The standings help ensure that teams are matched relatively evenly in terms of skill, giving each the chance to really test themselves. "If we had no standings or scores, they could be playing a team at the bottom and winning by 25 or 30 goals," says Leinweber, adding that such lopsided matchups are hard to ignore, even without a scoreboard. "Nobody has fun being beaten 25 or 30 to nothing."

The idea of no-score sports contests isn't anything new, but implementation has been hindered by misconceptions. "We're not saying winning is a bad thing," says Snow. "That's categorically wrong. We're not saying go out and not care about trying your best. It's a balancing act. How do you teach the kids to give their very best and try to win games while understanding that even when they do their best, they're not always going to win?"

It's a hard thing for some people to understand, and Leinweber thinks a province-wide policy is not the way to help people do so. "You don't mandate something," he says. "You have to have a dialogue. You just can't say, 'We're going to do this,' without explaining how or why or what the end result is going to be."

A survey conducted of 1,500 members of the Calgary Minor Soccer Association showed that the majority do not support the Ontario mandate. "That tells me that we have a lot of education to do if we're expecting to change," says Leinweber.

"We can do that by providing more resources to our clubs and coaches to help them," he says. But it has to start at the local level with those directly involved. "This isn't something a major organization can do. The Canadian Soccer Association can't do that. The Alberta Soccer Association can't do that. All three levels have to work together and get our organizations and clubs to buy into it."

Ugh. My son plays rec soccer where there is no score or win/loss records kept, but even though the league doesn't keep score or win/loss records, every kid on that team knows exactly what the score was in each game and what the win/loss records are.
"Kids never have time or take the time to go to the park and kick a ball around with their friends." That is because their faces are stuck on a TV, in a computer or a cell phone. Parents need to take these away for a certain length of time each day not only to give them exercise time but to teach them as adults not to waste time on these items 14 hours a day. As for the no score policy....what a joke. Humans are born competitive and will always want to "know the score".
Raising a bunch of non-competitive kids while the rest of the world eats their lunch for them! Sheesh! Come on! We went to the ball park with our bats and gloves slung over our bikes, we'd clear a spot and keep score! The hipster generation raising ninny kids Oh My God!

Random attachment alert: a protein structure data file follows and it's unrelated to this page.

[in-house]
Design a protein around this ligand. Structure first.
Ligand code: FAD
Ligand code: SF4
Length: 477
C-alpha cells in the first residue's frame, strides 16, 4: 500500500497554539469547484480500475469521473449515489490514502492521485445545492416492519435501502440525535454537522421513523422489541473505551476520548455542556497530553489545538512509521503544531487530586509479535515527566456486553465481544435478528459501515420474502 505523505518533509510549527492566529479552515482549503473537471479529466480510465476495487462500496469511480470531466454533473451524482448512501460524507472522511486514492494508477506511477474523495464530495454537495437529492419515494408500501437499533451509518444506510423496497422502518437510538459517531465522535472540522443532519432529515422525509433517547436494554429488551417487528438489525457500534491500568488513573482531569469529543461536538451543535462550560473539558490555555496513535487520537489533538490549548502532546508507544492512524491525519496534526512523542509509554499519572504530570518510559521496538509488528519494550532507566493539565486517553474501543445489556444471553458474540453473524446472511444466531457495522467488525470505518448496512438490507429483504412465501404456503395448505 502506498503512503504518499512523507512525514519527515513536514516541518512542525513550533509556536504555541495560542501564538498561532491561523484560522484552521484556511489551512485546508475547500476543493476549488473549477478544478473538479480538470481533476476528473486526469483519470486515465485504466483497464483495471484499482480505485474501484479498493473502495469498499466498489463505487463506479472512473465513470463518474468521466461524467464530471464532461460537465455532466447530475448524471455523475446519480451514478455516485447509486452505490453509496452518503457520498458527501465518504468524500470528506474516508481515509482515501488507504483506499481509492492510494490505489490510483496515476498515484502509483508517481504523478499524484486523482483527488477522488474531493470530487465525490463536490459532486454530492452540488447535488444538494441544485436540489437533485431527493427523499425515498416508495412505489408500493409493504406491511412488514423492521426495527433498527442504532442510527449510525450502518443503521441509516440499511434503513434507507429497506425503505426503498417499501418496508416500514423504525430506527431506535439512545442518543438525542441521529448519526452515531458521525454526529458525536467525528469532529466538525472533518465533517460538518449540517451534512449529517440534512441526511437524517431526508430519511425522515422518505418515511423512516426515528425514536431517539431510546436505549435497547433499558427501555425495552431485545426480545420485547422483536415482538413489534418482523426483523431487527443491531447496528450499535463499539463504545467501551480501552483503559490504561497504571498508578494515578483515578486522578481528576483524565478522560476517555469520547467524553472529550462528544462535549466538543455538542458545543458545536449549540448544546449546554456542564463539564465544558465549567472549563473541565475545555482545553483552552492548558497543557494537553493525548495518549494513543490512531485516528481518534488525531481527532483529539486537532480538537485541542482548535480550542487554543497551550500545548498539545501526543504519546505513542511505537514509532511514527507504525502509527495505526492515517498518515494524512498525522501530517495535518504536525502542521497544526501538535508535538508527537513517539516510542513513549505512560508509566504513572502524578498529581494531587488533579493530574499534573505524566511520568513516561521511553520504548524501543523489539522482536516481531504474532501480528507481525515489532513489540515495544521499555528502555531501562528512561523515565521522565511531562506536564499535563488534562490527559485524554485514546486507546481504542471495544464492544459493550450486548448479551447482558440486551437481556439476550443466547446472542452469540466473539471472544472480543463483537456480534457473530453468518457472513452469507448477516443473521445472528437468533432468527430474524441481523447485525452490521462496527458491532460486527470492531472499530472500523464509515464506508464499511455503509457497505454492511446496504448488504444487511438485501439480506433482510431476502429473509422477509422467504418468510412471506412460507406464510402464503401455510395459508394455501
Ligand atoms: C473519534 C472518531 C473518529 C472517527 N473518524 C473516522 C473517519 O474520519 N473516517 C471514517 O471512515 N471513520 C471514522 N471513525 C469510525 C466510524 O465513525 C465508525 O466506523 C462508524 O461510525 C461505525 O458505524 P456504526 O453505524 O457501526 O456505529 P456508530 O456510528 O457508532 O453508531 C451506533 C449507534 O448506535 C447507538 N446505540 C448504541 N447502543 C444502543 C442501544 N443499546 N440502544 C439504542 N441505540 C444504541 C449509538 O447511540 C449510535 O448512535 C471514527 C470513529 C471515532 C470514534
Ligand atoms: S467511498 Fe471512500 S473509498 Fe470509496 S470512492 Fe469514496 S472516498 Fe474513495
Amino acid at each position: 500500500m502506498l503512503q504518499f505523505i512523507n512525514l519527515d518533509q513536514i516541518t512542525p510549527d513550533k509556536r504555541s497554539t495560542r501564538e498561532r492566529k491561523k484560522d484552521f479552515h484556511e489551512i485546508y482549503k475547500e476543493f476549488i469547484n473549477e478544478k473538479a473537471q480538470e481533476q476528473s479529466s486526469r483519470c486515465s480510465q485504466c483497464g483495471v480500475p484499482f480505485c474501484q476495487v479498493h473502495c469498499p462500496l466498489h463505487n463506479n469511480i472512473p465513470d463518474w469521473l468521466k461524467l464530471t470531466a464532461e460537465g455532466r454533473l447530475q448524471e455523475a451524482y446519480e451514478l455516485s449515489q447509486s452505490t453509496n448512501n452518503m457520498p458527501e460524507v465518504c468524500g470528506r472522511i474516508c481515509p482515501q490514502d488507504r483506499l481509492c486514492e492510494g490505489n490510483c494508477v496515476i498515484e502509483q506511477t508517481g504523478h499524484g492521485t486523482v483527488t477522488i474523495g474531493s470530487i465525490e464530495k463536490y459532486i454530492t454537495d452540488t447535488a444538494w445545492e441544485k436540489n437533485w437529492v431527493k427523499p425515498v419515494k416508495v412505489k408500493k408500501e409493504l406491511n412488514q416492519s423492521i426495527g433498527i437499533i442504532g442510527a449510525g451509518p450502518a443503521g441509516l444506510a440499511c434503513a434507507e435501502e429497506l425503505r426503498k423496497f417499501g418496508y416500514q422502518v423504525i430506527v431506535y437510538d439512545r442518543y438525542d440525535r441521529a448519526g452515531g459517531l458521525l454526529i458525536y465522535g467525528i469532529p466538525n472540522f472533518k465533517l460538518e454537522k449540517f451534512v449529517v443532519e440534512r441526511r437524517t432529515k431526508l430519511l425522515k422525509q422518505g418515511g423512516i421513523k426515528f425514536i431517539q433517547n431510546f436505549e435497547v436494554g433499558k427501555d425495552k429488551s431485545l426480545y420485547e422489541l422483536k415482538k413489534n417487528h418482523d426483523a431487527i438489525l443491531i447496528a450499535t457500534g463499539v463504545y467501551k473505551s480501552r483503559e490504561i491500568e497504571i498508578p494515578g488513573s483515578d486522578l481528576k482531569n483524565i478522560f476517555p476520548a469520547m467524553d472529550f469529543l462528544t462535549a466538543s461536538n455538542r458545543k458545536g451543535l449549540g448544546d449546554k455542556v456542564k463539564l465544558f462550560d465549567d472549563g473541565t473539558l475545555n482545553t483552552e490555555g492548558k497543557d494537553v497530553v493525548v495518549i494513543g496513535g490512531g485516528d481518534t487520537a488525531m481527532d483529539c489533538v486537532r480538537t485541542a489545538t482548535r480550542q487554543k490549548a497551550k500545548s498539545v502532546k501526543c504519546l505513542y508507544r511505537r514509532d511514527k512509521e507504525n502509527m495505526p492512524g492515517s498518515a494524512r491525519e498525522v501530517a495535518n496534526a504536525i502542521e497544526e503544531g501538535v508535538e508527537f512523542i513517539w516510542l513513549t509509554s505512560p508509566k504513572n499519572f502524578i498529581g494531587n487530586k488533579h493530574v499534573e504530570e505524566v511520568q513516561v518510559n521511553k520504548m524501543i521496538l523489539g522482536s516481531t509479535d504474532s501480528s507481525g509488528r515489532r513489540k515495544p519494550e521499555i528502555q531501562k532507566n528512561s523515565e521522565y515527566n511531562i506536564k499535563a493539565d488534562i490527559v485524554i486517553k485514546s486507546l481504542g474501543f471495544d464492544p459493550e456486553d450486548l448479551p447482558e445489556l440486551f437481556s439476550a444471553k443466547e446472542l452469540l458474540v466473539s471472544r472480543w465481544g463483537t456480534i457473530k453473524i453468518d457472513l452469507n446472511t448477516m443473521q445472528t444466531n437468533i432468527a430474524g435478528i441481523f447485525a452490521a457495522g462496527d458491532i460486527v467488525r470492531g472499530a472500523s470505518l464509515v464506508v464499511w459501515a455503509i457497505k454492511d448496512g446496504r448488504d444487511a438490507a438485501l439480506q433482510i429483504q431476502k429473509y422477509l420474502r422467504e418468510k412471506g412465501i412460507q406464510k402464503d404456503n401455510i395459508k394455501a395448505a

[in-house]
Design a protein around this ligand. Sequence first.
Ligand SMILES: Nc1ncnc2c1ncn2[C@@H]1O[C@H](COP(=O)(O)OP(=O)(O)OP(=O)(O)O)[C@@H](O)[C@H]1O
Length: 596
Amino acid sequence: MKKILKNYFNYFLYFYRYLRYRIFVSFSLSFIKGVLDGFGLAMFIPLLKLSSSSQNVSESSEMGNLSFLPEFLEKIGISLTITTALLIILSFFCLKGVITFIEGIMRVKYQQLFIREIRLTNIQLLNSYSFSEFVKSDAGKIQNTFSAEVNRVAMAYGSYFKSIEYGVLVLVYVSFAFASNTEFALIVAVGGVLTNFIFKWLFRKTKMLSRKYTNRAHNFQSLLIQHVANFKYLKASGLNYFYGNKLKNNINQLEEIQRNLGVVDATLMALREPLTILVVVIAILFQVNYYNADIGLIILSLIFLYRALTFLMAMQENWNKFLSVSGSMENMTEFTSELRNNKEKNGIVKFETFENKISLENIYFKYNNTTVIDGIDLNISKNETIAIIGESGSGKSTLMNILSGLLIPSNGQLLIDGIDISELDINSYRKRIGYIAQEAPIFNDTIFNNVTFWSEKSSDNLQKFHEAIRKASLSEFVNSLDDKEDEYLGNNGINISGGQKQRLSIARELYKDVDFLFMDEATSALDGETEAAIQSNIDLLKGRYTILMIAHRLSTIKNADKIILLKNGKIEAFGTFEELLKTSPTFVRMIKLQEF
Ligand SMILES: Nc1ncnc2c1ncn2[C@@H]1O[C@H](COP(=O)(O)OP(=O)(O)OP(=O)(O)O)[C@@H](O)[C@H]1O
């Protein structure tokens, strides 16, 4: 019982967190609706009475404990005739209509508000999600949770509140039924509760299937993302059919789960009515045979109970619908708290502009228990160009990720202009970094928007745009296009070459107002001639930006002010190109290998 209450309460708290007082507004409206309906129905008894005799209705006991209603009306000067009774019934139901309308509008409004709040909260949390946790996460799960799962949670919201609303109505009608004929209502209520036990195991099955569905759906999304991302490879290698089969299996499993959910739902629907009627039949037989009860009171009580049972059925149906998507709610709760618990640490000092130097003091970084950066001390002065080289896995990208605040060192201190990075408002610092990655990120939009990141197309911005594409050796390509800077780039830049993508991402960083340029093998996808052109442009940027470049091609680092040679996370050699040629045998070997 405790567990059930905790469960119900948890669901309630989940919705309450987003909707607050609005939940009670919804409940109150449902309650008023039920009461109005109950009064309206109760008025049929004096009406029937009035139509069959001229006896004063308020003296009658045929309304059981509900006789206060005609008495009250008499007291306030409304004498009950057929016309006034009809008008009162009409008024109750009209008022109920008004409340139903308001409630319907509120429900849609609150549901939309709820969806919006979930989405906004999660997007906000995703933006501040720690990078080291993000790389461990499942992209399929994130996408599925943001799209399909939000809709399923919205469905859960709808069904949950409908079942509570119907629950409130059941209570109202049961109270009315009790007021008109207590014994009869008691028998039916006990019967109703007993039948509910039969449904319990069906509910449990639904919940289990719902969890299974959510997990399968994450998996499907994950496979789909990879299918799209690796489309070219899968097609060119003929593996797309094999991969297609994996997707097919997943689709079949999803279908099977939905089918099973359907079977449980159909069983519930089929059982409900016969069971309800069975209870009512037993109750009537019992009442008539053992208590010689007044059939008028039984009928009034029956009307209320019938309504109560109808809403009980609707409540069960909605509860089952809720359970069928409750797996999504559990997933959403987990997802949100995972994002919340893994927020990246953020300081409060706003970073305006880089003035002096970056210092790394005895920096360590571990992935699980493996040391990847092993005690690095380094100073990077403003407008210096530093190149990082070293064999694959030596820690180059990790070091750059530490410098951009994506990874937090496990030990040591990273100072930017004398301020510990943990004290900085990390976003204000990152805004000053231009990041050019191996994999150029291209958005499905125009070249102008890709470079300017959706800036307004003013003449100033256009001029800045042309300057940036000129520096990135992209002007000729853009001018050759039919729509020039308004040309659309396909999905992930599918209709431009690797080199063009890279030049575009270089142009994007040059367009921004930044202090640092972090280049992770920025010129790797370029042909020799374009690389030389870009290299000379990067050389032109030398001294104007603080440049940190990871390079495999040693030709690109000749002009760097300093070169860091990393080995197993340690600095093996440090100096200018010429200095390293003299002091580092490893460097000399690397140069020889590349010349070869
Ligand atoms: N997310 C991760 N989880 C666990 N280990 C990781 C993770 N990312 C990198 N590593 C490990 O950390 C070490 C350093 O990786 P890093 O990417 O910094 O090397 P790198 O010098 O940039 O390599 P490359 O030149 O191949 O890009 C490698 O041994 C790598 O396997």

We have been playing no-score soccer for 20+ years (youth ages 4-12 years old). The only time we keep score is during a post-season tournament to give our players a taste of competition and to demonstrate the skills they have learned throughout the regular season. We are not down playing the idea of winning or competition but instead are concentrating on teaching our youth at all levels to love the game. We continue to have 300-500 youth playing no-score soccer each year and see no reason to change. We have also applied this concept to Peanut basketball. Tom's comment that - Humans are born competitive and will always want to "know the score" is only partially true. No-score soccer doesnt mean non-competitive soccer it just means that the final outcome is not as important as what you do on the field with the ball. I couldn't care less if my son's team wins or loses but I do care that he and his team are applying during the game what they learned in practice. Because when he reaches the age where the score is ultimately the only thing people are concerned about he will be ready!
This world is raising a bunch of non competitive tree huging sensitive kids that are taught FAIRNESS. LIFE IS NOT FAIR. Tthese kids will be failures because of their parents. We use to be a country that overcame every obsticle put in front of us. Look at the 1980 Olympic hockey team. Everyone of those individuals participated in youth organized programs that kept score and assessed them individually. WHAT IN GODS NAME ARE WE BECOMING. (AYSO is a common punch line) a joke that has transformed the meaning of winning and competiting at all levels. STOP THIS LIBERAL everyone gets a trophy and ribbon philosophy. We have the olympic podium with a first second and third place finish. Nobody remembers or even cares who stands on the left and right of the person on TOP>>>>>>>>>>>>>>>>>>>>>>>>>>>. TEACH THEM TO WIN AND THAT FAILURE IS NOT AN OPTION.